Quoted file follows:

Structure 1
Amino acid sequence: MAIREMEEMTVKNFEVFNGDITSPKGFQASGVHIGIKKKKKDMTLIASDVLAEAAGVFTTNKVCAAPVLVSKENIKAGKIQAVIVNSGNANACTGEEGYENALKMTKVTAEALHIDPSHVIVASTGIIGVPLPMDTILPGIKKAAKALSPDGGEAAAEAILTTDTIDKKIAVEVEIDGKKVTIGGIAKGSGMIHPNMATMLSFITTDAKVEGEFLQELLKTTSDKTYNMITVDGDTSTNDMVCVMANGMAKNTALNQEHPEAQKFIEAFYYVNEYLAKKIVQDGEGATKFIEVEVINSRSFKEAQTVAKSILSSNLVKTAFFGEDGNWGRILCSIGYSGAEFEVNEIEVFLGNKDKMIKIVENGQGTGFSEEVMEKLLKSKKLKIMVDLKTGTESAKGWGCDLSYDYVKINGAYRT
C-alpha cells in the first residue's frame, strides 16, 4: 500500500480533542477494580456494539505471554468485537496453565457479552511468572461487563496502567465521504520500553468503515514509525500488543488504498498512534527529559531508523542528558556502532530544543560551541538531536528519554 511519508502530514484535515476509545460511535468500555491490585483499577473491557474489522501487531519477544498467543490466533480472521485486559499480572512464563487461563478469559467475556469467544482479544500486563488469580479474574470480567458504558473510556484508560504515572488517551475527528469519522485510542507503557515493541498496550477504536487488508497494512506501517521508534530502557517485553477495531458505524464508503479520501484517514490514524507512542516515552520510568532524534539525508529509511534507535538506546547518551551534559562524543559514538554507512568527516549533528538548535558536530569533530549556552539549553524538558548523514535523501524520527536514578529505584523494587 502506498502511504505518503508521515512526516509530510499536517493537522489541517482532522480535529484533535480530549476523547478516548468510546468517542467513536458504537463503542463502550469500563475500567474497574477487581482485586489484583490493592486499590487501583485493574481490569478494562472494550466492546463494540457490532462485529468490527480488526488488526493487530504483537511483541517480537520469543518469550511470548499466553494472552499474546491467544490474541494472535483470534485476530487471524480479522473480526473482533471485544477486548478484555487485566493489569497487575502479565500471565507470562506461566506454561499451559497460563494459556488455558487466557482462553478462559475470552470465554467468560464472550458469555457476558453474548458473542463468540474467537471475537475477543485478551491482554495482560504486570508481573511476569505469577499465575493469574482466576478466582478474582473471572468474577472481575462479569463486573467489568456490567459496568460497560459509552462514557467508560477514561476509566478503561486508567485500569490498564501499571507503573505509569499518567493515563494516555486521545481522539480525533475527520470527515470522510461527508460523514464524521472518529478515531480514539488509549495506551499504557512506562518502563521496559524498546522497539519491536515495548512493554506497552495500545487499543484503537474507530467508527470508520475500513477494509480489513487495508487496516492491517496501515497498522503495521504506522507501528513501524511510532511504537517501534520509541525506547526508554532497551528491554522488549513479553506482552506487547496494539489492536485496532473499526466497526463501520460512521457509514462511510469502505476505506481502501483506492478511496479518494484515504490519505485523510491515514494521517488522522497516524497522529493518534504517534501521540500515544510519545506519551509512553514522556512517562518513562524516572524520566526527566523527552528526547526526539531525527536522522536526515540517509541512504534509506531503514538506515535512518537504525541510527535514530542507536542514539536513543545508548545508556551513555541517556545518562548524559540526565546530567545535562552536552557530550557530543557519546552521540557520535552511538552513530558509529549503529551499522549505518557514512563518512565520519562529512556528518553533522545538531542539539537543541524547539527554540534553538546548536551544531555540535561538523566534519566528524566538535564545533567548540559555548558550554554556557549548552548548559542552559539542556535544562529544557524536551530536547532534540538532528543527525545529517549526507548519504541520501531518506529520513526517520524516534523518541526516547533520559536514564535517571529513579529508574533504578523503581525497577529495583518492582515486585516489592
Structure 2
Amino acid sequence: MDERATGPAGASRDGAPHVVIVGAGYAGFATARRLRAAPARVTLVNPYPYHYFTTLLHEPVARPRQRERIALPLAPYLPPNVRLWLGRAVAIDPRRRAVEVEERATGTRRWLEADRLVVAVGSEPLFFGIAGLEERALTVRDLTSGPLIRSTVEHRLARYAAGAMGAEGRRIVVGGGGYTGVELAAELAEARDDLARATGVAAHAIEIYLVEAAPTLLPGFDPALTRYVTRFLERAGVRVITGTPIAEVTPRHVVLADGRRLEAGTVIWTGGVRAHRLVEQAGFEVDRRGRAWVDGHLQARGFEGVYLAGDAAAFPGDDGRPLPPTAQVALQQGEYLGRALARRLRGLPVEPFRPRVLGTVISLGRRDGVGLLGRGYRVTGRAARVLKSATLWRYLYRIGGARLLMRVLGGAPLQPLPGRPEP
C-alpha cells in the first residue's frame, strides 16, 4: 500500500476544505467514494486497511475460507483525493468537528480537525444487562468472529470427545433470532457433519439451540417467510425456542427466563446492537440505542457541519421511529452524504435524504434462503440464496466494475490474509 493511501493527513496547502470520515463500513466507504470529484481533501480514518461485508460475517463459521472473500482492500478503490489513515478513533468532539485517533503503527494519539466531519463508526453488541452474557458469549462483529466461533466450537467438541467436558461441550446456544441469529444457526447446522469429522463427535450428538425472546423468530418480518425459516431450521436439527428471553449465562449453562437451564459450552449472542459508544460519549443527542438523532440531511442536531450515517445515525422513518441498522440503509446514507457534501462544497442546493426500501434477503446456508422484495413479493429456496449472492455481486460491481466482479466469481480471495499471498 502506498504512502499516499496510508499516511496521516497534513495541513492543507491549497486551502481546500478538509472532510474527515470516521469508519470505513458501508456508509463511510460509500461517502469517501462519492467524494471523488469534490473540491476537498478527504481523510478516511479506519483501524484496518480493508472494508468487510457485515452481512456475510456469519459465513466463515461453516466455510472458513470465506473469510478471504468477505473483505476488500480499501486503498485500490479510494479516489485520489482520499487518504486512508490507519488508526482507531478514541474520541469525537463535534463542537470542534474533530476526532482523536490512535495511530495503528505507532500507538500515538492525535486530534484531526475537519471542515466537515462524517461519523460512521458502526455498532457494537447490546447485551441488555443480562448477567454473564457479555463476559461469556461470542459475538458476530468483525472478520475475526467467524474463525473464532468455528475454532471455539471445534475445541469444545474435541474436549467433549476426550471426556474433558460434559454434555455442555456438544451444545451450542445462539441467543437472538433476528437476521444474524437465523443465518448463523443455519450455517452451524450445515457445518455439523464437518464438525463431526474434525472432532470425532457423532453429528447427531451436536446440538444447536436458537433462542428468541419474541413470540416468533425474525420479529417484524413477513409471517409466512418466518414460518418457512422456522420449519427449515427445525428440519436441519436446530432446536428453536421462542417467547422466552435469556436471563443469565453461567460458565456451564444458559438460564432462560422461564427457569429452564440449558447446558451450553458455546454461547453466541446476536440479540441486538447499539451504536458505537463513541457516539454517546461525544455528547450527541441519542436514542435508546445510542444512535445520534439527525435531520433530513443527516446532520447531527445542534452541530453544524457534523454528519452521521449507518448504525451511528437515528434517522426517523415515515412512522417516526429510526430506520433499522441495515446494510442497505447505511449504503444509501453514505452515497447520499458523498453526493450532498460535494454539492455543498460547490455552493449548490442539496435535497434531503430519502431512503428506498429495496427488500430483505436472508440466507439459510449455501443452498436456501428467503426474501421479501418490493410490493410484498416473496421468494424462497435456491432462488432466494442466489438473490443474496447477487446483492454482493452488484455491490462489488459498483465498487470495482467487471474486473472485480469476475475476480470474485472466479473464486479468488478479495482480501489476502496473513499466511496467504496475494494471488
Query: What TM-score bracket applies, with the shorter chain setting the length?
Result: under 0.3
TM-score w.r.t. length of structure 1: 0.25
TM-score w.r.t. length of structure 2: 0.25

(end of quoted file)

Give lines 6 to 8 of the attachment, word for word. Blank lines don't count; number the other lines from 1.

C-alpha cells in the first residue's frame, strides 16, 4: 500500500476544505467514494486497511475460507483525493468537528480537525444487562468472529470427545433470532457433519439451540417467510425456542427466563446492537440505542457541519421511529452524504435524504434462503440464496466494475490474509 493511501493527513496547502470520515463500513466507504470529484481533501480514518461485508460475517463459521472473500482492500478503490489513515478513533468532539485517533503503527494519539466531519463508526453488541452474557458469549462483529466461533466450537467438541467436558461441550446456544441469529444457526447446522469429522463427535450428538425472546423468530418480518425459516431450521436439527428471553449465562449453562437451564459450552449472542459508544460519549443527542438523532440531511442536531450515517445515525422513518441498522440503509446514507457534501462544497442546493426500501434477503446456508422484495413479493429456496449472492455481486460491481466482479466469481480471495499471498 502506498504512502499516499496510508499516511496521516497534513495541513492543507491549497486551502481546500478538509472532510474527515470516521469508519470505513458501508456508509463511510460509500461517502469517501462519492467524494471523488469534490473540491476537498478527504481523510478516511479506519483501524484496518480493508472494508468487510457485515452481512456475510456469519459465513466463515461453516466455510472458513470465506473469510478471504468477505473483505476488500480499501486503498485500490479510494479516489485520489482520499487518504486512508490507519488508526482507531478514541474520541469525537463535534463542537470542534474533530476526532482523536490512535495511530495503528505507532500507538500515538492525535486530534484531526475537519471542515466537515462524517461519523460512521458502526455498532457494537447490546447485551441488555443480562448477567454473564457479555463476559461469556461470542459475538458476530468483525472478520475475526467467524474463525473464532468455528475454532471455539471445534475445541469444545474435541474436549467433549476426550471426556474433558460434559454434555455442555456438544451444545451450542445462539441467543437472538433476528437476521444474524437465523443465518448463523443455519450455517452451524450445515457445518455439523464437518464438525463431526474434525472432532470425532457423532453429528447427531451436536446440538444447536436458537433462542428468541419474541413470540416468533425474525420479529417484524413477513409471517409466512418466518414460518418457512422456522420449519427449515427445525428440519436441519436446530432446536428453536421462542417467547422466552435469556436471563443469565453461567460458565456451564444458559438460564432462560422461564427457569429452564440449558447446558451450553458455546454461547453466541446476536440479540441486538447499539451504536458505537463513541457516539454517546461525544455528547450527541441519542436514542435508546445510542444512535445520534439527525435531520433530513443527516446532520447531527445542534452541530453544524457534523454528519452521521449507518448504525451511528437515528434517522426517523415515515412512522417516526429510526430506520433499522441495515446494510442497505447505511449504503444509501453514505452515497447520499458523498453526493450532498460535494454539492455543498460547490455552493449548490442539496435535497434531503430519502431512503428506498429495496427488500430483505436472508440466507439459510449455501443452498436456501428467503426474501421479501418490493410490493410484498416473496421468494424462497435456491432462488432466494442466489438473490443474496447477487446483492454482493452488484455491490462489488459498483465498487470495482467487471474486473472485480469476475475476480470474485472466479473464486479468488478479495482480501489476502496473513499466511496467504496475494494471488
Query: What TM-score bracket applies, with the shorter chain setting the length?
Result: under 0.3